Update: March 17, 2009

The payments to the 5,331 claims mentioned in the January 20th update have started going out in weekly batches. The EQSF expects to complete these payments by early April.

Many people, who were paid in 2008, are calling with questions about their 1099s. If you are represented by Faegre & Benson, the attorney fees are included in your 1099. The amount in the 1099 will therefore equal your "Allocation Minus Previous Payment," as indicated in the statement that came with your check. For guidance on tax issues, please refer to page 32 of IRS Publication 525 (2008), and see a tax professional.

Statement Required by U.S. Treasury Department. The U.S. Treasury Department requires us to advise you that this written advice (including any attachments) is not intended or written by our firm to be used, and cannot be used by any taxpayer, for the purpose of avoiding any penalties that may be imposed under the Internal Revenue Code. Written advice from our firm relating to Federal tax matters may not, without our express written consent, be used in promoting, marketing or recommending any entity, investment plan or arrangement to any taxpayer, other than the recipient of the written advice.

Update: January 20, 2009

Today a second application for payment of the punitive damages principal was filed with Judge Holland. This application applies to the salmon fisheries in Chignik, Cook Inlet, Kodiak, and Prince William Sound. It also includes application for payment to Natives and the Prince William Sound 1989 fund. This application requests the authority to pay 5,331 claims that were not included in the fist wave of payments made to these claim categories in December. If you have multiple liens, such as an IRS lien, and you signed up for voluntary payment of estimated taxes, your claim is not included in this application. Rather, your claim will be included in a third application to the court. For more information on the payment process, and to read the court filing, click here.

For those people who were paid in 2008, the EQSF anticipates sending out 1099 forms during the last week of January.

Update: December 22, 2008

The oral argument on the cost and interest issues were held last Monday at the Ninth Circuit Court of Appeals. Click here to read a transcript of the argument, and here to listen to the audio of the argument. You will be prompted to enter docket number 04-35182 to listen to the audio file.

Update: December 8, 2008

The direct deposit payments began on Friday and are continuing today. Checks are being printed this week for those who do not have direct deposit. The printing should be completed by this Friday and checks will be mailed next week. Please see the November 24th update for information on who is included in this wave of payments.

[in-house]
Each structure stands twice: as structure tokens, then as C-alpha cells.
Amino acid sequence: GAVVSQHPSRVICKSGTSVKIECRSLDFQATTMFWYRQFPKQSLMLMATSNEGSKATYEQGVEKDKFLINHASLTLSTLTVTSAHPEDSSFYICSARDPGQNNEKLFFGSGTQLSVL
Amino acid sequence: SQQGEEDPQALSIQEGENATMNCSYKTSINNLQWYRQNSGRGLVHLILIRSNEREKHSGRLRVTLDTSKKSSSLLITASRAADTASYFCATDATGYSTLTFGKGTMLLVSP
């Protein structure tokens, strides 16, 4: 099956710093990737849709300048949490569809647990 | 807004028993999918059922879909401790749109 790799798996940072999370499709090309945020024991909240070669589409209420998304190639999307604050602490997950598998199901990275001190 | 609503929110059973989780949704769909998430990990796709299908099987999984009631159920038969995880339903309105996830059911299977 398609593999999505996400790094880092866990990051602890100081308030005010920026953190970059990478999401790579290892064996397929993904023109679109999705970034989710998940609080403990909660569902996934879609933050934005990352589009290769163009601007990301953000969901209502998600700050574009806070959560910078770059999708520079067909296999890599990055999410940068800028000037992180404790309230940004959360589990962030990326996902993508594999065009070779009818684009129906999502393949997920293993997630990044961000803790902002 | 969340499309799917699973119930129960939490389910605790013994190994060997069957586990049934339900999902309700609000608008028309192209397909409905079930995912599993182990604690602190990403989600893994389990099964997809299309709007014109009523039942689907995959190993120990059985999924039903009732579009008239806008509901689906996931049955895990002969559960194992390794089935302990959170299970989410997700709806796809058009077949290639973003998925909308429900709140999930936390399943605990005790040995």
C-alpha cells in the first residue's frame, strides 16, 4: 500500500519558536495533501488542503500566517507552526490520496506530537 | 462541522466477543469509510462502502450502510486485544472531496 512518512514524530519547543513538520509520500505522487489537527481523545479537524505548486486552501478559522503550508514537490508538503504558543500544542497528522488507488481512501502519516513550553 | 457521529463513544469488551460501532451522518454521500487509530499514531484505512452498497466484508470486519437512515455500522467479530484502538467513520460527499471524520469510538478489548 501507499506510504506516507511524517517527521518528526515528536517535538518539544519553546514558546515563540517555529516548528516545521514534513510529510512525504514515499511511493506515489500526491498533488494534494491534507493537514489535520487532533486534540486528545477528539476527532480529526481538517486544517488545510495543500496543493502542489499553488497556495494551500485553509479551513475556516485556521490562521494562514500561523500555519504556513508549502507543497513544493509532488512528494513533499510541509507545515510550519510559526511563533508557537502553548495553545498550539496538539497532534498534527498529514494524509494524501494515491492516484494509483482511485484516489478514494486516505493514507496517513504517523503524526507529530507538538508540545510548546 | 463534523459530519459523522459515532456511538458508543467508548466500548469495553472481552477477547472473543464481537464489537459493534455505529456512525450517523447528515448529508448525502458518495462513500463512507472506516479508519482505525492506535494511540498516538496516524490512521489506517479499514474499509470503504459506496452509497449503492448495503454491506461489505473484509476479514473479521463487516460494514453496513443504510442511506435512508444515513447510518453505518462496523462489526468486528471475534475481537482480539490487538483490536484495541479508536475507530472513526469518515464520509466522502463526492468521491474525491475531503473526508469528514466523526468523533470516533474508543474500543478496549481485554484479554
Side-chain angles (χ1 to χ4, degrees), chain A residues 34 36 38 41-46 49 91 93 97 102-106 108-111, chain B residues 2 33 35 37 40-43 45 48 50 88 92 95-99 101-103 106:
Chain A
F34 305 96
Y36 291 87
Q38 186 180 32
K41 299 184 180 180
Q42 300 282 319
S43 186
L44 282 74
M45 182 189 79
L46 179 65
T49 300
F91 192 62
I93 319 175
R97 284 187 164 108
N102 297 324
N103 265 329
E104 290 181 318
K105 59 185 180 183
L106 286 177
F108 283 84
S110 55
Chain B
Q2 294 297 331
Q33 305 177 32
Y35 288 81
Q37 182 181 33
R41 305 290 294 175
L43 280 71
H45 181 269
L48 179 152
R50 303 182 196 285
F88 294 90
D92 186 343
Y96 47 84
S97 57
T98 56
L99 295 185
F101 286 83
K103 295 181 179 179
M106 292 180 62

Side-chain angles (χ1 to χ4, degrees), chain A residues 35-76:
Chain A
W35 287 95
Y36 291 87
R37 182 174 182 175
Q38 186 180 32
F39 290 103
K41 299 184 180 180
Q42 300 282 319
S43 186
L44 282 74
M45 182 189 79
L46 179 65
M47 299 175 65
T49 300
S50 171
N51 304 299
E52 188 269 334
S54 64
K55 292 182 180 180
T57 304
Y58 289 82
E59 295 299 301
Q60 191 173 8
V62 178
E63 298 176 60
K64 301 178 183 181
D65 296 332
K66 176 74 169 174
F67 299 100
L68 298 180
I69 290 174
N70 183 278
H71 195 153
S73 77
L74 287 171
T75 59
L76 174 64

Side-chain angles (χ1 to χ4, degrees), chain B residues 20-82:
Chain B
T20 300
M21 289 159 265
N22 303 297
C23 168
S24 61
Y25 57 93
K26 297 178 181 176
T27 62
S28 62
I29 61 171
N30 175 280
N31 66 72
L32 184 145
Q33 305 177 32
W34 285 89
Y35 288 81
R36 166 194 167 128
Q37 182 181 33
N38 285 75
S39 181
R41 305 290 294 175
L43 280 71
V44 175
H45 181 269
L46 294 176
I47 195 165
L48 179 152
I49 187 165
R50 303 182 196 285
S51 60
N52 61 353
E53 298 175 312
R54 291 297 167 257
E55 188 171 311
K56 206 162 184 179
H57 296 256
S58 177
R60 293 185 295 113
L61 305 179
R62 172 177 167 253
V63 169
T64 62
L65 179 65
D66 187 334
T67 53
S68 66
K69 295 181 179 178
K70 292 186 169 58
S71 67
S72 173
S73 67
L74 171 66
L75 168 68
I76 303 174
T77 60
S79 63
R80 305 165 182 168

Update: November 26, 2008

A press release from the EQSF regarding the process of distributing punitive damages money in December to claimants was issued today. To read the complete press release, click here.

Update: November 24, 2008

Today, Judge Holland authorized the first distribution of punitive damages. This is a distribution to claimants with unencumbered claims in the ten oiled salmon fisheries, Native Alaskans, and the Prince William Sound 1989 fund. Distributions will occur on a rolling basis, so please be patient if your name is not on the list. The first checks are expected to be sent out next week.

A claim is considered encumbered if any portion is going to a second party, such as the IRS, a bankruptcy trustee, or an ex-spouse through a divorce decree. If your name is listed with an allocation of $0.00, you will not receive a portion of the punitive damages award. Such zero dollar recoveries occur when claimants' gross allocations are less than their previous payments. Claimants with zero dollar recoveries may be entitled to a portion of the interest that is awarded.

In a separate order issued today, Judge Holland explained why the Court refused to hold back a portion of the distribution, as urged by Sea Hawk Seafoods. It is Sea Hawk's position that the distribution conflicts with the Supreme Court's ruling. Using strong language, the Court rejected Sea Hawk's position as frivolous. A copy of the order is here.

Update: October 27, 2008

On Friday, the plaintiffs filed their opposition to Sea Hawks' motion to vacate the plan of allocation. In the brief, the plaintiffs also urge Judge Holland to rule on Sea Hawks' motion by November 15th, so that a distribution to the ten oiled salmon fisheries, Native Alaskans, and Prince William Sound 1989 fund can be made this year. A copy of the brief is here.

Update: October 20, 2008

The parties have filed their next round of briefs with the Ninth Circuit Court of Appeals regarding the interest on the punitive damages and certain costs. A copy of the plaintiffs' brief is here, and Exxon's brief is here.